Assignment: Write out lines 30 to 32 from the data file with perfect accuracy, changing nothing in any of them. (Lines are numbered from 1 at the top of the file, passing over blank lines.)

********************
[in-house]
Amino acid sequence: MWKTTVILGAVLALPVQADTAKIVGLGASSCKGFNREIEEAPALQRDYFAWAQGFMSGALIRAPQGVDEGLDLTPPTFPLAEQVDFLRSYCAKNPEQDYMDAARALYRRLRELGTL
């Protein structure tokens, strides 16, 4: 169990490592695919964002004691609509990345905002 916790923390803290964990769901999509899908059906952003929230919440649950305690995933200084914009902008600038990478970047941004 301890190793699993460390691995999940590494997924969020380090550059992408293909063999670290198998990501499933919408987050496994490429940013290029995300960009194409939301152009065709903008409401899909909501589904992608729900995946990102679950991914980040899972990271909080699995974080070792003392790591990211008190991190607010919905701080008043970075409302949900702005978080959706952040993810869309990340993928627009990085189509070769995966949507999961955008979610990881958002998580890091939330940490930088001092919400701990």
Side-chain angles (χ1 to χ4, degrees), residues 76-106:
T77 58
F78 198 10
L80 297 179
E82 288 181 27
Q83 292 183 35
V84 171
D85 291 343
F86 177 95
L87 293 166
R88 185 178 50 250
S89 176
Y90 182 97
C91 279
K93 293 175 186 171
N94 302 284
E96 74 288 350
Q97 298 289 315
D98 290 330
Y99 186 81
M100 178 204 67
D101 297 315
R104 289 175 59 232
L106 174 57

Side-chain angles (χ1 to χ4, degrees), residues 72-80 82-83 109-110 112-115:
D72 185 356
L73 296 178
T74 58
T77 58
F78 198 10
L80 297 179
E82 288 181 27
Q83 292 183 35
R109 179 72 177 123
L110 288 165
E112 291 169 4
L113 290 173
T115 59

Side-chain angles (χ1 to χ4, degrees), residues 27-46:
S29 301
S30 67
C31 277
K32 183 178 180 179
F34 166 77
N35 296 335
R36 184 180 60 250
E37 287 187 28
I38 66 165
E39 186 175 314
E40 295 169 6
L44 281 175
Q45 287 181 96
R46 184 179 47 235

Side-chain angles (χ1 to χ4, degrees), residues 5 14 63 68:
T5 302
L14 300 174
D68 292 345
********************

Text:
L73 296 178
T74 58
T77 58